The Kurds Way

star-kurdistan200px-Coat_of_Arms_of_Kurdistan.svgShould Israel openly back the Kurds?

With the national focus on the hideous murder of Eyal Yifrach z”l, Naftali Frenkel z”l and Gilad Sha’ar z”l and the later no less abhorrent murder of Mohammed Abu Khdeir R.I.P. another issue of far-reaching importance has more-or-less slipped under the radar. This gives me a chance to write about the Kurdish ‘solution’ almost before it reaches the blogsphere.

Prime Minister Netanyahu became the first and probably/hopefully not the last to call for an independent Kurdistan and President Peres – another first – agreed with Bibi that the future is with the Kurds. They may even sell us oil. Well, well, well!

Stick with your friends, no matter how flawed they may be, so that they will help you fight your real enemies.
…Oh, and don’t try to save Iraq as a single political unit: It’s a lost cause, unless you or anyone else is willing to invest massive military forces, which you’re not. Support the independent and democratic de-facto state of the Kurds instead.

Shimon Peres’s parting advice to Pres. Obama

Two recent events inspired me to think about the consequences of Israel openly embracing the Kurds. The events were one hundred years to the assassination of Archduke Franz Ferdinand in Sarajevo and the jihadist ISIL† creating, or is that recreating, the Caliphate‡ in Iraq and Syria.

San Remo conference 1920

San Remo 1920
Jews? OK. Arabs? Very OK. Kurds? Forgotten.

Actually, it was not so much the start of the First World War as much as its consequences, in the following decade. At the San Remo Conference 1920 a new world was created. Zionists tend to remember it for the promise of a Jewish homeland. San Remo and not the Balfour Declaration, as friends and enemies mistakenly claim, is the initial legal authority for the creation of Israel.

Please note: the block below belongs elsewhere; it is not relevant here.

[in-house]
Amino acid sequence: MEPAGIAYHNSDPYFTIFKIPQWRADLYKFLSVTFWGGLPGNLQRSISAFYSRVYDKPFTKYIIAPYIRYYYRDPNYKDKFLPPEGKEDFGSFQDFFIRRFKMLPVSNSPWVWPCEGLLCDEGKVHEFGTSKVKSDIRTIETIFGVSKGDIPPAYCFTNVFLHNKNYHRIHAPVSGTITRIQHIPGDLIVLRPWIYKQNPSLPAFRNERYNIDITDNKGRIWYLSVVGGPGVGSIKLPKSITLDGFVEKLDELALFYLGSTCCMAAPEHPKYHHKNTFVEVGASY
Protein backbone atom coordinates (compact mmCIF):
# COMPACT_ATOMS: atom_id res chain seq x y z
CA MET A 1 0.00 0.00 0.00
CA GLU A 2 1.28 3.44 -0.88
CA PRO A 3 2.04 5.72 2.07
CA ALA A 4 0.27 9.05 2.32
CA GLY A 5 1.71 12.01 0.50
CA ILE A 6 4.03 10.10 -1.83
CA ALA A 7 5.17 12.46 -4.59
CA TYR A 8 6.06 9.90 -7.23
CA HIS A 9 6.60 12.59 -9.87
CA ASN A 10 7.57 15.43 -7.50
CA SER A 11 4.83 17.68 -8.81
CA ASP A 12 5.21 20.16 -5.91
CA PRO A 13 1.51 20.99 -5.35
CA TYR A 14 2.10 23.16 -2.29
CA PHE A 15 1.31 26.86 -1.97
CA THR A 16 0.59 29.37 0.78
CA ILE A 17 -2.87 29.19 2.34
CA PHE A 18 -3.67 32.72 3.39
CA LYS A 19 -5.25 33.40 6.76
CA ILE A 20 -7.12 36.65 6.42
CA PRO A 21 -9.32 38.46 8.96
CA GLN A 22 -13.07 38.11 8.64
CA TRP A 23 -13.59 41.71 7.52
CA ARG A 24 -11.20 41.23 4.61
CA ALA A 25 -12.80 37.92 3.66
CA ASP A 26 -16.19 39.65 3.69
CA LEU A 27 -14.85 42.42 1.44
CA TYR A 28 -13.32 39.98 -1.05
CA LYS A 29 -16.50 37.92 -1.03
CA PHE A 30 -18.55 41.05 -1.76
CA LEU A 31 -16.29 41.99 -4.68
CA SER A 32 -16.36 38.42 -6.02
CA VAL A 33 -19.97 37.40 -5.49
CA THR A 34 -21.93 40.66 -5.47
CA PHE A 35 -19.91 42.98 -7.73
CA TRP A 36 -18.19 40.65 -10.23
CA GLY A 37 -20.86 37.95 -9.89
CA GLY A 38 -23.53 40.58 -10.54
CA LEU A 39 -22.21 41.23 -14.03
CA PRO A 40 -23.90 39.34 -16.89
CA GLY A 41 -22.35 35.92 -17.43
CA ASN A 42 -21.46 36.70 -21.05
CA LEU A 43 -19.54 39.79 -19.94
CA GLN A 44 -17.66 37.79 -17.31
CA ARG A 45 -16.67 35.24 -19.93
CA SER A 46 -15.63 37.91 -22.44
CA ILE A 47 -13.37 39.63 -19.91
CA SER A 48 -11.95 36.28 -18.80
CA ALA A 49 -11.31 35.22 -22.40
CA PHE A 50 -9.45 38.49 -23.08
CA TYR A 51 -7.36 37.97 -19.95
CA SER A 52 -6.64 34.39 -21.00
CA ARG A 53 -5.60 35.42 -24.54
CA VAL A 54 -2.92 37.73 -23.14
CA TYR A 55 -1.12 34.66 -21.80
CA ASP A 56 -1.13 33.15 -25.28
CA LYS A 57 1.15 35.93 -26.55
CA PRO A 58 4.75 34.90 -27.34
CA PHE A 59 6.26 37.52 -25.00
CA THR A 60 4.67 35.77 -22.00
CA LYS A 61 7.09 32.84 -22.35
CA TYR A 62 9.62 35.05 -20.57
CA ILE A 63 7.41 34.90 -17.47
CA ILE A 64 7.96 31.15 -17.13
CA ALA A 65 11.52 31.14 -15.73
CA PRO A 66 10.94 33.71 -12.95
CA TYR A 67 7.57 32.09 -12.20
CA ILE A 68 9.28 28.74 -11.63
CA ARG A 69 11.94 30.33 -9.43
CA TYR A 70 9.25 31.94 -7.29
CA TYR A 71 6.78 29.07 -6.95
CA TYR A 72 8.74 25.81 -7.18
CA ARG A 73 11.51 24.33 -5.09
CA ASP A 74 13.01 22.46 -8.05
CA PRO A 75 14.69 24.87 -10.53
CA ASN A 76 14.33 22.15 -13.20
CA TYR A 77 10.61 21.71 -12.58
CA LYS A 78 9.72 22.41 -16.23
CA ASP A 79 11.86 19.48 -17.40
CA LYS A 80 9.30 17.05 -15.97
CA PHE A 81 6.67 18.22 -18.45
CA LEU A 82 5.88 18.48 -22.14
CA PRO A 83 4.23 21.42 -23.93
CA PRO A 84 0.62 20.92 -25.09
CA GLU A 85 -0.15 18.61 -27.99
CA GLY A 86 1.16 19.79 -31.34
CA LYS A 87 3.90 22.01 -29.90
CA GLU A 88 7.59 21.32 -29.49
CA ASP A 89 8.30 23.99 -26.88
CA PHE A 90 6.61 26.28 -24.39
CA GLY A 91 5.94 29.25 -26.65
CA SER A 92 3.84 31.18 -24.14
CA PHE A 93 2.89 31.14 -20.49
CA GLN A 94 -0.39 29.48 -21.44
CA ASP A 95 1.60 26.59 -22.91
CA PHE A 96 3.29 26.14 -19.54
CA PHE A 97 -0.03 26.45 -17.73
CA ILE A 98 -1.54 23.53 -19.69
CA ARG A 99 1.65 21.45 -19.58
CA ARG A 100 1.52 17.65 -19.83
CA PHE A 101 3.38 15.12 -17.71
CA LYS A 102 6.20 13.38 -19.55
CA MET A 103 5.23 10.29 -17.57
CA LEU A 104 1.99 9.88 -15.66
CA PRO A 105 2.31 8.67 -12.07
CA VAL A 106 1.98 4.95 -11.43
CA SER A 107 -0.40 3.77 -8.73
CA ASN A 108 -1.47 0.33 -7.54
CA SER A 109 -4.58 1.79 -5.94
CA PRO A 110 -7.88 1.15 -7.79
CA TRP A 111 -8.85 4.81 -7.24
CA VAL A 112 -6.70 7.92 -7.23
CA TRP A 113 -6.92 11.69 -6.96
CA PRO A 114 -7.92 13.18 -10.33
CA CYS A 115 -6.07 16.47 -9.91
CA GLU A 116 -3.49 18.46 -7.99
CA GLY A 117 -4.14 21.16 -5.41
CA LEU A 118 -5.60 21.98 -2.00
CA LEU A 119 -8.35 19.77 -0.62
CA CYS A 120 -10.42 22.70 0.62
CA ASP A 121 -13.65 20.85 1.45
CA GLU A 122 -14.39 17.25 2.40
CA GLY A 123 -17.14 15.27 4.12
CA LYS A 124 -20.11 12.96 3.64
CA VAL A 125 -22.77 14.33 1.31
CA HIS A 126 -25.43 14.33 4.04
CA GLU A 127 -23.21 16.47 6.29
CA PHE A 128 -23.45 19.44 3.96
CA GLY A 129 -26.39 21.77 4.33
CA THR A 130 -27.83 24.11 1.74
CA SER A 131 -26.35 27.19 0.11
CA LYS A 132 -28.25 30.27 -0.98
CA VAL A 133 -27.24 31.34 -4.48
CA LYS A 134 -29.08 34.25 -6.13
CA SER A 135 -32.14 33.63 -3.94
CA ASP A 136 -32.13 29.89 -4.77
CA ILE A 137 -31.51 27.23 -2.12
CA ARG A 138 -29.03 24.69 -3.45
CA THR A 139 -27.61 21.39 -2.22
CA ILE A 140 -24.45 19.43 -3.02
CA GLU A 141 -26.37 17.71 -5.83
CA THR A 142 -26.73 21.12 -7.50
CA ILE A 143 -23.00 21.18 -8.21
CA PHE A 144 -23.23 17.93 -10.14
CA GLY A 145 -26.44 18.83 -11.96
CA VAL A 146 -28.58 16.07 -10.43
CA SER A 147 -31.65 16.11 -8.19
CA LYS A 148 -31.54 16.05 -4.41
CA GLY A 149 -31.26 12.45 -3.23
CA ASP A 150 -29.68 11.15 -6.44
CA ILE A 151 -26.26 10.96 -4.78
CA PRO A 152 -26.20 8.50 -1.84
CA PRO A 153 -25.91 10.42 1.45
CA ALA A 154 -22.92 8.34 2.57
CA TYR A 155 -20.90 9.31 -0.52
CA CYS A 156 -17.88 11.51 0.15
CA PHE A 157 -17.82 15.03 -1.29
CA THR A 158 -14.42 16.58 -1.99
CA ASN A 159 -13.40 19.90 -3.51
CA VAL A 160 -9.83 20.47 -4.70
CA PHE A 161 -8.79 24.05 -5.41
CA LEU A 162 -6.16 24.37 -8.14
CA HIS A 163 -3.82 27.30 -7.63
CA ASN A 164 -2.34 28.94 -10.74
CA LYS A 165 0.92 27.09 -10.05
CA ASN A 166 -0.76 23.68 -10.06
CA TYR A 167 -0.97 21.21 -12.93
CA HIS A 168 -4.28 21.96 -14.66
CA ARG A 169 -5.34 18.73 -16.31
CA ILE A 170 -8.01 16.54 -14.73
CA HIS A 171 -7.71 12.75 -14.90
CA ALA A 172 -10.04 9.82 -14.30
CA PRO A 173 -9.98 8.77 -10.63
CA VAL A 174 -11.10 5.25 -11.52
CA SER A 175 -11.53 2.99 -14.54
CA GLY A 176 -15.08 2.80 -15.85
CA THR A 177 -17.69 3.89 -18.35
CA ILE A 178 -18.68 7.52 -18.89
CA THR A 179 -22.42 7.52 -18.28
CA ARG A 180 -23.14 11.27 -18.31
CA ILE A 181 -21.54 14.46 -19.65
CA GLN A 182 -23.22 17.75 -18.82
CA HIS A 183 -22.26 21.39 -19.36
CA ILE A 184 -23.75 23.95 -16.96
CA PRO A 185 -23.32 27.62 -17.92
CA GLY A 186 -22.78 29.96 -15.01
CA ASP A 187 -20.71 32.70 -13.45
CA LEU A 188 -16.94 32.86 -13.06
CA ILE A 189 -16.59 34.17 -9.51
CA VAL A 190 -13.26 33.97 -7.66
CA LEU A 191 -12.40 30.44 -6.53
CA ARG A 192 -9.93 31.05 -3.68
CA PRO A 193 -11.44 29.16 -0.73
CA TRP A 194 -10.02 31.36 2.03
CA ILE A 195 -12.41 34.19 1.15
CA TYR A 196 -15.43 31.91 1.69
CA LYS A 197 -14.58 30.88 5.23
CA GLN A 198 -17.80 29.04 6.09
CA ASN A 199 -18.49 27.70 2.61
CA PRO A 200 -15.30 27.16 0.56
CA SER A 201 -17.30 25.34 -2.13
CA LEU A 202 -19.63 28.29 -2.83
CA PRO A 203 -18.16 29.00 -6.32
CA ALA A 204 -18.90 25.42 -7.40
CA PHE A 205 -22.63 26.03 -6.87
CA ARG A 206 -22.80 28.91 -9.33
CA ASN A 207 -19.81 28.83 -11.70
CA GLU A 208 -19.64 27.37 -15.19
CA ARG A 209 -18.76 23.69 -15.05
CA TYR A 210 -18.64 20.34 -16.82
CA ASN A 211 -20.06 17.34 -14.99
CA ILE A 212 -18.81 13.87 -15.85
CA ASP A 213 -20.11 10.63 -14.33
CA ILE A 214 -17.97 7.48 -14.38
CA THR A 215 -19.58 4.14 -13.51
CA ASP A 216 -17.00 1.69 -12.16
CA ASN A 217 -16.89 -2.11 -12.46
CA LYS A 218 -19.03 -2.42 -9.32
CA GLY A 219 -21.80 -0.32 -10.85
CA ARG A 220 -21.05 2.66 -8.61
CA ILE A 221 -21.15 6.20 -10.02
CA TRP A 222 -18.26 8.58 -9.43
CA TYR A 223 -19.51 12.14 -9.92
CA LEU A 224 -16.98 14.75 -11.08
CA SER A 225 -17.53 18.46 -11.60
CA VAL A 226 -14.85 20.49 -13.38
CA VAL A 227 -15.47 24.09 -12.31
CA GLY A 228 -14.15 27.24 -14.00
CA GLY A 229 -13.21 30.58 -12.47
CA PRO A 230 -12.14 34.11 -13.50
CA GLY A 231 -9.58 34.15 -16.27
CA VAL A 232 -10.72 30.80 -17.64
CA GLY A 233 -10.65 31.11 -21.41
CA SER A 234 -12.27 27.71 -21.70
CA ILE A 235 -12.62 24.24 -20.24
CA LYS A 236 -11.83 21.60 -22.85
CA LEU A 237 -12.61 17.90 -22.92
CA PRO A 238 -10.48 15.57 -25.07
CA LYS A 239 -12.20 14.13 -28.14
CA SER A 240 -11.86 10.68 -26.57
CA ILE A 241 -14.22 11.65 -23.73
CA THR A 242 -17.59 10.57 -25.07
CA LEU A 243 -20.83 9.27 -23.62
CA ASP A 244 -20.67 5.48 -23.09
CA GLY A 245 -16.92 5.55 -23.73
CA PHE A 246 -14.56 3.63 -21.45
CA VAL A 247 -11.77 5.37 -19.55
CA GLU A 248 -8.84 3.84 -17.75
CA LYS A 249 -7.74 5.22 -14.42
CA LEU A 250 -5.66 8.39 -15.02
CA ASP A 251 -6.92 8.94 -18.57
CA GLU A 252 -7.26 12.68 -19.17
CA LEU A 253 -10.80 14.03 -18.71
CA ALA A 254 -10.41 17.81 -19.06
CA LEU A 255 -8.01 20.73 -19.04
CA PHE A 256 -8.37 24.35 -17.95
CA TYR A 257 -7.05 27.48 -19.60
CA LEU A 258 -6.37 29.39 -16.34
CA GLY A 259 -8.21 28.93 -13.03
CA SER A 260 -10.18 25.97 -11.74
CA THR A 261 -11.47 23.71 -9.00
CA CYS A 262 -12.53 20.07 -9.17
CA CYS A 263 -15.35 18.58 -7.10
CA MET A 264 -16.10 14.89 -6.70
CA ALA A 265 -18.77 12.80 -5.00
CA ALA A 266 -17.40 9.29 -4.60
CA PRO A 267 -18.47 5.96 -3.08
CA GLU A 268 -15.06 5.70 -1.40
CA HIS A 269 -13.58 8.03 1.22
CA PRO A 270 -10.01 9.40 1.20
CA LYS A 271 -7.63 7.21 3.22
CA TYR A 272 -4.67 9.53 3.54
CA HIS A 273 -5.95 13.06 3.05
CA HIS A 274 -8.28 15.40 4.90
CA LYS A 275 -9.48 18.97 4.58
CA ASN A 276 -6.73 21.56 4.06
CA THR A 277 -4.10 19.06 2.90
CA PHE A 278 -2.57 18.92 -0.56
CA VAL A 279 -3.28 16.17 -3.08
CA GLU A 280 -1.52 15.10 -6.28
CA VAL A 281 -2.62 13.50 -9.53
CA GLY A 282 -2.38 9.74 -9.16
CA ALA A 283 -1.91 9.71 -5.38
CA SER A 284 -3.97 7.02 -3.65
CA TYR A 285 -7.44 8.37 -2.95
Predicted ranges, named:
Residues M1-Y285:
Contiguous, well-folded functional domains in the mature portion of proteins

However, we tend to forget the other results of the conference. The Ottoman (Turkish) Empire was divided up – something that arguably didn’t disadvantage the average Turk. New Arab states, were created including importantly for this discussion, Syria and Iraq, ultimately with appointed rulers who were not even local inhabitants. The Kurdish people, non-Arab Muslims with a distinct language, history and culture, missed out completely. Their lands, collectively described as  Kurdistan, inhabited mostly by Kurds were divided among the Turks, Iranians, Syrians and Iraqis.

Fast track to 2014

Dry Bones - Israel and the Kurds

Dry Bones – Israel and the Kurds

Almost without anyone realising it or acknowledging it the autonomous Kurdish region in Iraq has become a functioning, effectively independent, democratic state with foreign policy and armed forces– the Peshmerga.

By most accounts the Kurds are quite friendly to Israel. By most accounts the Kurds are quite hostile to the Arabs, to the extent that the second language of Kurdistan, at least for anyone under thirty is not Arabic but English!

The Kurds in Syria, although they have had much less time to organise, have apparently taken advantage of the chaos to become effectively autonomous, themselves. They stay out of the rebellion but protect themselves if necessary. If Syria remains fractured it is not hard to envisage an independent Kurdistan in Syria with at least the possibility of uniting with the Iraqi Kurds.

This brings us to the new ‘Caliphate’ just south of the Kurds. ISIL’s control of Mosul is a regional threat, not only from the intention to expand nor the probability they will become a base but also because they are sitting on an immense reservoir of oil – and that translates to money to continue jihad.